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Monday marks the last day to register to vote for the Nov. 2 election.
State of play: Elections for state and local judges will dominate next month's ballot.
- Voters will choose a new justice on the state Supreme Court, which is currently made up of five Democrats and two Republicans. A Republican judge on the state's highest court is retiring.
- Judges for Superior, Commonwealth, Common Pleas and Municipal courts are also on the ballot.
What else: District Attorney Larry Krasner, a Democrat who's seeking reelection, is facing Republican Charles Peruto.
- City Controller Rebecca Rhynhart, a Democrat incumbent, has no challenger.
- Four ballot questions, which you can find here, will also be asked of voters.
What they're saying: David Thornburgh, CEO of the nonpartisan government watchdog group Committee of Seventy, told Axios that in recent years, people have been reminded of how important the state Supreme Court is.
- The state's highest court notably tossed out gerrymandered congressional maps in 2018, and it has decided several issues around pandemic restrictions, Thornburgh said.
Voter turnout is historically low for municipal elections.
- For this year's primary, turnout was 21%, a drop from roughly 66% in the 2020 presidential election.
Yes, but: Thornburgh said mail-in ballots could help boost turnout.
- "Extraordinary turnout last year. Folks that hadn't voted in a while showed up to vote, and this [election] will be some test whether they're only going to show up once every four years," he said.
The city will provide 16 dropboxes for voters to cast mail-in and absentee ballots.
- Mail-in ballots must be received by 8pm on Election Day.
Go deeper: We've linked resources and more information below.
A program to guarantee legal representation for low-income tenants in eviction court will pilot this winter with an expected $1 million worth of funding.
Driving the news: The Philadelphia City Council approved the first $100 million of the Neighborhood Preservation Initiative Bond last week, which secured the last of the funding expected for the Right to Counsel program for this year.
Why it matters: The vast majority of tenants in Philadelphia's eviction court don’t have a lawyer. Only 10% of tenants have representation in court, compared to 75% of landlords.
- Before the pandemic, Philadelphia ranked fourth in the nation among large U.S cities for evictions, averaging 20,000 a year.
Last week, I asked for coffee shop recommendations in Brewerytown, where I moved over the weekend.
What I ordered: At Lucky Goat, I opted for something sweet and festive with the apple cider latte ($4.50). It's sweetened with brown sugar syrup and tasted like candy.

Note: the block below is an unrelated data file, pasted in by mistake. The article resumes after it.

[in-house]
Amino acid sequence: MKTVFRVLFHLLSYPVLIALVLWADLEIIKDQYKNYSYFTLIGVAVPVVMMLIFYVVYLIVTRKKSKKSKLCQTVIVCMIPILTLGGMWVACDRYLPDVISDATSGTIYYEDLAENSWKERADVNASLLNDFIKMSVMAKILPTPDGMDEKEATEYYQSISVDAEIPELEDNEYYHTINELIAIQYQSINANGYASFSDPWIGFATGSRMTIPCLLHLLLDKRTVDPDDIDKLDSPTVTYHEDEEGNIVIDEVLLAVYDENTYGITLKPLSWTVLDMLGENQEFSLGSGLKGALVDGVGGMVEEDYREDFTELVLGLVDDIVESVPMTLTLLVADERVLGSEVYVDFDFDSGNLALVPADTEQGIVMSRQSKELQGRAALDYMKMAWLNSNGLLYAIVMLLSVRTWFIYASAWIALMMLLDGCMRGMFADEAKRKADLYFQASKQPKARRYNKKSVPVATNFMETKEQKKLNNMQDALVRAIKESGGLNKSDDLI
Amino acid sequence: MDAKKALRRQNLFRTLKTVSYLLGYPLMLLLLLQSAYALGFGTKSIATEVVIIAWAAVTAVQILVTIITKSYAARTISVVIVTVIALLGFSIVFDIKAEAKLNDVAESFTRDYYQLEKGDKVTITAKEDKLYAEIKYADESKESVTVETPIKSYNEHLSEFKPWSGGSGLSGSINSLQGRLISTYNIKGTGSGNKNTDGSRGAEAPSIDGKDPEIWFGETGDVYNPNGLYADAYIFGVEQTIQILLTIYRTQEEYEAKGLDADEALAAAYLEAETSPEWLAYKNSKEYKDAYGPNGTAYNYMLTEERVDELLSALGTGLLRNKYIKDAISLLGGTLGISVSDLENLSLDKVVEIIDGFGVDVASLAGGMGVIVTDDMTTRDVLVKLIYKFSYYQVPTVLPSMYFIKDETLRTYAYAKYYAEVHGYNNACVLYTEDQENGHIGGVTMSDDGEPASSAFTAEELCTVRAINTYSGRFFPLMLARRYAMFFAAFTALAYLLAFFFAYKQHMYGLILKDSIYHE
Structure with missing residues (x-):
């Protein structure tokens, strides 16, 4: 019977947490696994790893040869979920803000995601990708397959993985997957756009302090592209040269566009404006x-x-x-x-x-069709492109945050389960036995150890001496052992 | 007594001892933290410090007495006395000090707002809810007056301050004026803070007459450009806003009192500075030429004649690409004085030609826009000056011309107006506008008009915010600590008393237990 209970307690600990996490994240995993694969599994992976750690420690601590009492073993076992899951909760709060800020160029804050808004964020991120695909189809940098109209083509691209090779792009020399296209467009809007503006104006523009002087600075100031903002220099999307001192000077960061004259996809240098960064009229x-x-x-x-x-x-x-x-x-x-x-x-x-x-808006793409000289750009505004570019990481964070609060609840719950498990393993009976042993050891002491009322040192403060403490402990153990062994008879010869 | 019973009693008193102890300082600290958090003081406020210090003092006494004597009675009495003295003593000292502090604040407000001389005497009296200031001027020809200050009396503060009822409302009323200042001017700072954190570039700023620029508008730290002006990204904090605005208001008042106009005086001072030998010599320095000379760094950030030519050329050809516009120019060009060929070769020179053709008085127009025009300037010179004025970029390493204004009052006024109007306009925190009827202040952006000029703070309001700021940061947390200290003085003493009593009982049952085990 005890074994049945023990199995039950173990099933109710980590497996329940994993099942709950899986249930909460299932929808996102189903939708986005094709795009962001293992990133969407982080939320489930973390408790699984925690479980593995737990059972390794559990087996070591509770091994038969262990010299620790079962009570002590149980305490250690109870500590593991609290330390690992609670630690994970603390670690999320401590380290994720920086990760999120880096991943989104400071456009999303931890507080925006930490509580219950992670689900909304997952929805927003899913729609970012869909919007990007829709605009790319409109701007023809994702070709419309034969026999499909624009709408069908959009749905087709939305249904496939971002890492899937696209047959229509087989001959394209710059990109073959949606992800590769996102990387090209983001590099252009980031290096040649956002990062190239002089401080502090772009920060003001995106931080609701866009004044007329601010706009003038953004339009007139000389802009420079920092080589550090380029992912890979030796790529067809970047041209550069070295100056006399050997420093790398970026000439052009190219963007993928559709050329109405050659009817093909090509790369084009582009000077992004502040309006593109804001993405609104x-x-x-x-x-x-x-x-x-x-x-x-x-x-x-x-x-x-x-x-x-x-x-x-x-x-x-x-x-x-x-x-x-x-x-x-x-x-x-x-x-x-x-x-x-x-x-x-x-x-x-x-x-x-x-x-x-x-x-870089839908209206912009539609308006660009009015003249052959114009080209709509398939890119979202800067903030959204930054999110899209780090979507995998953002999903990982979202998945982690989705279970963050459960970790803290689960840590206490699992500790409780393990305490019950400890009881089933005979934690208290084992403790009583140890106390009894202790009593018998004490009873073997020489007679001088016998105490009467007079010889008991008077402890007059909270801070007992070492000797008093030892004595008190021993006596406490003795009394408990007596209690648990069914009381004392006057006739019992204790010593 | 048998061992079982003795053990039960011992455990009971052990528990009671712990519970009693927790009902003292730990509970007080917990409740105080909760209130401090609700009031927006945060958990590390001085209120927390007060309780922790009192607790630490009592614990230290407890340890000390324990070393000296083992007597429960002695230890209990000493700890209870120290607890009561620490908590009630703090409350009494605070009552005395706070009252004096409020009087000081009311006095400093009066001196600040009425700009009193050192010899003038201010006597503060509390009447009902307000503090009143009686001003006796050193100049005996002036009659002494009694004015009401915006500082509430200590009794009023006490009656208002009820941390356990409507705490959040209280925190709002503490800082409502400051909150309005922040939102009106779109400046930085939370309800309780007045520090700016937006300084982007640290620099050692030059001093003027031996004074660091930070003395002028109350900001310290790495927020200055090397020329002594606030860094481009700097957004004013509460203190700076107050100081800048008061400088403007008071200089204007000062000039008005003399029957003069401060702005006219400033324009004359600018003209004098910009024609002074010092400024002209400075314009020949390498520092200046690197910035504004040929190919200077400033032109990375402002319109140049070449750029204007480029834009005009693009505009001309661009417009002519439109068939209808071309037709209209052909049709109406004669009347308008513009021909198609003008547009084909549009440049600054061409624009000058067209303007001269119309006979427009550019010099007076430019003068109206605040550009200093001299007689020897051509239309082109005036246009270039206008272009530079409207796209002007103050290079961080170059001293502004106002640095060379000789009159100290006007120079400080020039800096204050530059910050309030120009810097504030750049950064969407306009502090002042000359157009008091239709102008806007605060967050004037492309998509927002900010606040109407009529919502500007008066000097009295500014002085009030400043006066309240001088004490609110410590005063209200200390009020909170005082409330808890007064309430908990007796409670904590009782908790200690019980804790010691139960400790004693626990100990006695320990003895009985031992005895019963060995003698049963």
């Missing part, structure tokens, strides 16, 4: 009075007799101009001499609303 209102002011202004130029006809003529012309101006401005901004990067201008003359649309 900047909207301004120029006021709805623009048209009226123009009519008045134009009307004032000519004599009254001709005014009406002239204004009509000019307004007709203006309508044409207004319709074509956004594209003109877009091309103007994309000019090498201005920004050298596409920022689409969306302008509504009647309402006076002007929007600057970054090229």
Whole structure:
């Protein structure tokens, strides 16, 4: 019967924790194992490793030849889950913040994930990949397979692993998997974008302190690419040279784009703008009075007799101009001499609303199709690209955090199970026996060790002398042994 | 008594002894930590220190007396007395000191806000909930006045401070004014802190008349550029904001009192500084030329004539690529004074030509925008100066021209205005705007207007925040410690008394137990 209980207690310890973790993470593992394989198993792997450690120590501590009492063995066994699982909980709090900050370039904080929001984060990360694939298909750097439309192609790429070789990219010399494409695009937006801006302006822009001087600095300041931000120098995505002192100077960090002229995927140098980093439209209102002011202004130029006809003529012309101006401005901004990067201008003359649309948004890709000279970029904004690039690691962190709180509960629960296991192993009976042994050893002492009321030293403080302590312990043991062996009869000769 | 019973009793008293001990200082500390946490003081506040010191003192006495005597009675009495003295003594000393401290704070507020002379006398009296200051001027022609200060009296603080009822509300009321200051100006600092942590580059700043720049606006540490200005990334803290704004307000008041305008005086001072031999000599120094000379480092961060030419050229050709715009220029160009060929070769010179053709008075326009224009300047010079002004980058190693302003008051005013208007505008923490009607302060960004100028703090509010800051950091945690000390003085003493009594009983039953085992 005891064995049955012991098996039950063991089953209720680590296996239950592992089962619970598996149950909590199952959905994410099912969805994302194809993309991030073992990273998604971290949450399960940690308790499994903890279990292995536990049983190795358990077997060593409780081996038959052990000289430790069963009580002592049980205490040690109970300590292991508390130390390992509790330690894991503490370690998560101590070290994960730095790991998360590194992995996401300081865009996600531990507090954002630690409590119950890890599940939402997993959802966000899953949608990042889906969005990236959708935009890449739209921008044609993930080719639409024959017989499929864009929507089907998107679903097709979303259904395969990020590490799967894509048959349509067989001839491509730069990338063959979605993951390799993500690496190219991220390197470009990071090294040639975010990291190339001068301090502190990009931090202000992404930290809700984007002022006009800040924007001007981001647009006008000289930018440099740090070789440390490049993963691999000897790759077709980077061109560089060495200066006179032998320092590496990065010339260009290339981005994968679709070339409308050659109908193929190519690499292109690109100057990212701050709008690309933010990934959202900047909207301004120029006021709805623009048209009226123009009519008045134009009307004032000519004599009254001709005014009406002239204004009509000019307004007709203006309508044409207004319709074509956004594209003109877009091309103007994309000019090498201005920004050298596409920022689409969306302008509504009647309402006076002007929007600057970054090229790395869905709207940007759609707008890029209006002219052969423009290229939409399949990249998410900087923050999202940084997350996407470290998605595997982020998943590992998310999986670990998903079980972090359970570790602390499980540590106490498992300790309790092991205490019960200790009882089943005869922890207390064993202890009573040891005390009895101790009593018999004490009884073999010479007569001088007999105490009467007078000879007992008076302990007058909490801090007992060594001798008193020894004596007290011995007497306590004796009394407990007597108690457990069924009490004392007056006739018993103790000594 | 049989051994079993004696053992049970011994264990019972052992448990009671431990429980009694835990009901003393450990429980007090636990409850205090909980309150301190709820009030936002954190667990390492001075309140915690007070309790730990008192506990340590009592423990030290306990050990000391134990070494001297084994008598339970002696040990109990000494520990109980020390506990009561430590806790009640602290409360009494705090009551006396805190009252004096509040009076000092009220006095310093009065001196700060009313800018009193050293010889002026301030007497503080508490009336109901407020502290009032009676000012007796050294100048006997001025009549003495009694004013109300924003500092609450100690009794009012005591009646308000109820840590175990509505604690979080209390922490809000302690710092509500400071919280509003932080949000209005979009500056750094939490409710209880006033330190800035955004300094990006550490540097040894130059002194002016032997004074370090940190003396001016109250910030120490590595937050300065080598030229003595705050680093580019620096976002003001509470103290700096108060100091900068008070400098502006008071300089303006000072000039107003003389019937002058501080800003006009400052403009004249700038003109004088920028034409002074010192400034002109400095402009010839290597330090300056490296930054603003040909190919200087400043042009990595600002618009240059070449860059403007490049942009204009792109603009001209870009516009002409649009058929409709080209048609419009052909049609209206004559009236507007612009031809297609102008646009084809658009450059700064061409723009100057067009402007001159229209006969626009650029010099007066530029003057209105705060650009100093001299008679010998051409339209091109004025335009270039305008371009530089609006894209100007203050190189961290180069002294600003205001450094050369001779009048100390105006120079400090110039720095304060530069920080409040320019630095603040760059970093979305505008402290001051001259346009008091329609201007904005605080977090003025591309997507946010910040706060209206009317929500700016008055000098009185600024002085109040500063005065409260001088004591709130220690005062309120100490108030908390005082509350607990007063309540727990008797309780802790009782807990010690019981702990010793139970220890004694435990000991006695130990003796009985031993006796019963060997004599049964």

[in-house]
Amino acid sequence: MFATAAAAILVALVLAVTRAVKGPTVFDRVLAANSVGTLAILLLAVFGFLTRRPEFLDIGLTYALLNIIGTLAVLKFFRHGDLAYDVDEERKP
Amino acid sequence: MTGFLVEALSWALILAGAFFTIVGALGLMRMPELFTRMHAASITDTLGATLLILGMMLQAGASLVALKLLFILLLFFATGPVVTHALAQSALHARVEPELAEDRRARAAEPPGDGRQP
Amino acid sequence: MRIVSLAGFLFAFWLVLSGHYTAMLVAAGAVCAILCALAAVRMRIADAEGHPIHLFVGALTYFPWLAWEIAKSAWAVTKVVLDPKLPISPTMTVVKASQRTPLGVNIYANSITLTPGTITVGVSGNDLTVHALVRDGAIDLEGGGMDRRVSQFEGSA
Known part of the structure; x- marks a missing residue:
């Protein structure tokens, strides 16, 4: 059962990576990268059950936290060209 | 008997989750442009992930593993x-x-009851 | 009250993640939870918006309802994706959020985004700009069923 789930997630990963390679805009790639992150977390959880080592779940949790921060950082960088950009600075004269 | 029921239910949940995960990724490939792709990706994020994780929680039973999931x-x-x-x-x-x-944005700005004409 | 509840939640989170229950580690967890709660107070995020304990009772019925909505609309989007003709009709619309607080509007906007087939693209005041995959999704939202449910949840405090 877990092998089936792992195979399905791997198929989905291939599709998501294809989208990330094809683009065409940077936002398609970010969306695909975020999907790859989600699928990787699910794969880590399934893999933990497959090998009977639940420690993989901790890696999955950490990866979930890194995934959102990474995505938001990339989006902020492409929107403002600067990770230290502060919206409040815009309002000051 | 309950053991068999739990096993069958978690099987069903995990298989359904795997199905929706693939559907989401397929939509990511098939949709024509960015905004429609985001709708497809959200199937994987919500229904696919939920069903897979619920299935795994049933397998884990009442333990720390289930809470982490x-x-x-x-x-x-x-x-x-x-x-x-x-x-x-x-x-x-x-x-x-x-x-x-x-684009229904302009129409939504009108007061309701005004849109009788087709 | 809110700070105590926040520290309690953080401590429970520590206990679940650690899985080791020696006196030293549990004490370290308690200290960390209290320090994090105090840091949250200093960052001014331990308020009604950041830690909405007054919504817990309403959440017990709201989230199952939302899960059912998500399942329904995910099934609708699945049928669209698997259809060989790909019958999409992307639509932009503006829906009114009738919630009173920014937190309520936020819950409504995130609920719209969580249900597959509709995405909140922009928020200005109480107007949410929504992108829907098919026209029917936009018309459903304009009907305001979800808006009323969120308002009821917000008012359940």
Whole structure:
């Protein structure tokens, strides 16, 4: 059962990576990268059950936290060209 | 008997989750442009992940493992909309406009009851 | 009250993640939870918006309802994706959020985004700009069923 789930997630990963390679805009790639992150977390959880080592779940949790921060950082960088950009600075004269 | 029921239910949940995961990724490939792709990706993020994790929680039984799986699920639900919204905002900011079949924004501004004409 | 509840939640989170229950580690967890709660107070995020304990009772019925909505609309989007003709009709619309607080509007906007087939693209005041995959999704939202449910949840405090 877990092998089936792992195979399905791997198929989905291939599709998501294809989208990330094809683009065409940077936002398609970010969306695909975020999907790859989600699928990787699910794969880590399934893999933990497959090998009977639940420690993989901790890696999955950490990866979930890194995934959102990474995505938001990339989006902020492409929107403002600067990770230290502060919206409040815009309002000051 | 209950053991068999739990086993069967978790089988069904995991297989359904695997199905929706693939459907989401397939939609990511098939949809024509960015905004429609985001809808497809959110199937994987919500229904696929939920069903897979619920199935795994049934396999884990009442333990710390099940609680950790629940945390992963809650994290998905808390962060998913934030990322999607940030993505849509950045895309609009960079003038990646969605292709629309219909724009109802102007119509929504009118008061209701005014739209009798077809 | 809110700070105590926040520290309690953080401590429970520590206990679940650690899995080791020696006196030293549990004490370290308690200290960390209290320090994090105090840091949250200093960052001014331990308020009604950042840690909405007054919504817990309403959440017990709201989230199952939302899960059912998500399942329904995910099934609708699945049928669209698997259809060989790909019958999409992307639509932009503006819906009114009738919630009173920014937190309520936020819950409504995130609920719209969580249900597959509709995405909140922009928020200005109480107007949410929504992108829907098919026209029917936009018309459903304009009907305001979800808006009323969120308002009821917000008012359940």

- Visit: The corner spot at 888 N 26th St. is open 7am-2pm daily.
At Brown Street, I ordered a mocha ($3.95) and a grilled pork banh mi ($7.95), which included an egg spread, cucumbers, cilantro, daikon, carrots and jalapeños. The coffee was fine, but the food is where Brown Street shines.
- Visit: 2545 Brown St. Open daily from 7am-5pm.
Philadelphia researchers scored a nearly $10 million federal grant to study how investments in predominantly Black neighborhoods in the city can affect racial health disparities and violent crime.
Why it matters: Philly's poverty rate — currently at 23% — has remained high for decades. And Black residents experience poverty at far higher rates than their white counterparts, according to 2019 U.S. Census data.
- A recent study found that investing in repairs for even a single house on a Philadelphia block reduced crime on that block by nearly 22%.
New guidelines around how Philadelphia landlords can use eviction records went into effect this week.
- It's part of an effort to encourage more individualized assessments.
Why it matters: Evictions have long-term consequences. Tenants who are evicted can lose housing subsidy vouchers, become ineligible for public housing programs and be screened out of private housing.
Mayor Jim Kenney is approaching state lawmakers about ways to prevent reckless driving in the city, his spokesperson Joy Huertas told Axios in an email this week.
What's happening: The Kenney administration discussed the issue with Rep. Joanna E. McClinton, the state House's top ranking Democrat, Huertas said.
- But she added officials "do not have specific changes we'd like to see yet."
Philadelphia legislators passed a bill Thursday that aims to root out racial profiling by preventing cops from pulling over drivers solely for minor traffic violations.
What's happening: The bill, which the City Council passed 14-2, bans officers from pulling over drivers for so-called "secondary violations," such as driving with a broken taillight or without an inspection sticker.
Why it matters: Philly police are more likely to pull over Black drivers than white drivers.
- Recent data shows 72% of drivers pulled over for alleged motor vehicle stops in Philadelphia are Black, at-large Councilmember Isaiah Thomas, the bills' main sponsor, said. However, Black residents only make up 42% of the city's population.
West Philadelphia residents are pleading with the city to do something about the chronic flooding that has filled basements with water and caused thousands of dollars in damage to some homes.
What's happening: Multiple residents living around the intersection of 52nd St. and Whitby Ave. told Taylor they've been experiencing extensive flooding coming from their pipes since August, right before Hurricane Ida.
- But flooding in the Cedar Park neighborhood has only become more frequent and intense since the storm.
- "This is not only in major storms, and this water is not coming through my foundation," resident Dan Farell said. "It's coming through the city's pipes."